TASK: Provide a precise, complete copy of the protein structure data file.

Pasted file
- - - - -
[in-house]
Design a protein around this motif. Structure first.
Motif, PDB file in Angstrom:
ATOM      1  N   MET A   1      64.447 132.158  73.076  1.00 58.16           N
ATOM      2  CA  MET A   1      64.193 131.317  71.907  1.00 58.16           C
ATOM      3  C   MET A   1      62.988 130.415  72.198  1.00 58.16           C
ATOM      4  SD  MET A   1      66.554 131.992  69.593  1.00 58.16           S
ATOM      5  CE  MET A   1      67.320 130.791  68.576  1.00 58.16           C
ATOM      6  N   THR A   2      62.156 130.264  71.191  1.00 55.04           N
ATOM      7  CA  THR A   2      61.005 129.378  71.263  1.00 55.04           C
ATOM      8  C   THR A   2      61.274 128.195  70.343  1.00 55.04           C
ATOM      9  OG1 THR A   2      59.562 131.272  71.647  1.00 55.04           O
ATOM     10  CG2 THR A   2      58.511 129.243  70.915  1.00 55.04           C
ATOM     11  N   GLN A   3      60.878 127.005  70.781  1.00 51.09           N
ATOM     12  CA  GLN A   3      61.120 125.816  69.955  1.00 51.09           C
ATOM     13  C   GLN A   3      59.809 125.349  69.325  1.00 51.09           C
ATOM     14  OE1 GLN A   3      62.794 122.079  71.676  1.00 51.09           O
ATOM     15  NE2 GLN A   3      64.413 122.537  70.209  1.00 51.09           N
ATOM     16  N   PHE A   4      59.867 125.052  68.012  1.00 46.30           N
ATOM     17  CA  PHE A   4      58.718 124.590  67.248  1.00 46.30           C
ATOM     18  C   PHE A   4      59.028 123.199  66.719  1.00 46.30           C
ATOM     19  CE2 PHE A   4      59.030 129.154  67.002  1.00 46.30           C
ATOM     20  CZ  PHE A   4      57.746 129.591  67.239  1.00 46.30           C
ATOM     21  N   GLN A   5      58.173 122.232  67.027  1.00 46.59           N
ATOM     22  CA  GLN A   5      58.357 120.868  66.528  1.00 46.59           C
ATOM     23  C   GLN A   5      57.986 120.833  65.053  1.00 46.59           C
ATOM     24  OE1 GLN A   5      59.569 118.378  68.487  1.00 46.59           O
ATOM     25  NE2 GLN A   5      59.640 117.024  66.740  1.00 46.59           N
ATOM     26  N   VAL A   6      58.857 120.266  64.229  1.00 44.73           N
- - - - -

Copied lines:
[in-house]
Design a protein around this motif. Structure first.
Motif, PDB file in Angstrom:
ATOM      1  N   MET A   1      64.447 132.158  73.076  1.00 58.16           N
ATOM      2  CA  MET A   1      64.193 131.317  71.907  1.00 58.16           C
ATOM      3  C   MET A   1      62.988 130.415  72.198  1.00 58.16           C
ATOM      4  SD  MET A   1      66.554 131.992  69.593  1.00 58.16           S
ATOM      5  CE  MET A   1      67.320 130.791  68.576  1.00 58.16           C
ATOM      6  N   THR A   2      62.156 130.264  71.191  1.00 55.04           N
ATOM      7  CA  THR A   2      61.005 129.378  71.263  1.00 55.04           C
ATOM      8  C   THR A   2      61.274 128.195  70.343  1.00 55.04           C
ATOM      9  OG1 THR A   2      59.562 131.272  71.647  1.00 55.04           O
ATOM     10  CG2 THR A   2      58.511 129.243  70.915  1.00 55.04           C
ATOM     11  N   GLN A   3      60.878 127.005  70.781  1.00 51.09           N
ATOM     12  CA  GLN A   3      61.120 125.816  69.955  1.00 51.09           C
ATOM     13  C   GLN A   3      59.809 125.349  69.325  1.00 51.09           C
ATOM     14  OE1 GLN A   3      62.794 122.079  71.676  1.00 51.09           O
ATOM     15  NE2 GLN A   3      64.413 122.537  70.209  1.00 51.09           N
ATOM     16  N   PHE A   4      59.867 125.052  68.012  1.00 46.30           N
ATOM     17  CA  PHE A   4      58.718 124.590  67.248  1.00 46.30           C
ATOM     18  C   PHE A   4      59.028 123.199  66.719  1.00 46.30           C
ATOM     19  CE2 PHE A   4      59.030 129.154  67.002  1.00 46.30           C
ATOM     20  CZ  PHE A   4      57.746 129.591  67.239  1.00 46.30           C
ATOM     21  N   GLN A   5      58.173 122.232  67.027  1.00 46.59           N
ATOM     22  CA  GLN A   5      58.357 120.868  66.528  1.00 46.59           C
ATOM     23  C   GLN A   5      57.986 120.833  65.053  1.00 46.59           C
ATOM     24  OE1 GLN A   5      59.569 118.378  68.487  1.00 46.59           O
ATOM     25  NE2 GLN A   5      59.640 117.024  66.740  1.00 46.59           N
ATOM     26  N   VAL A   6      58.857 120.266  64.229  1.00 44.73           N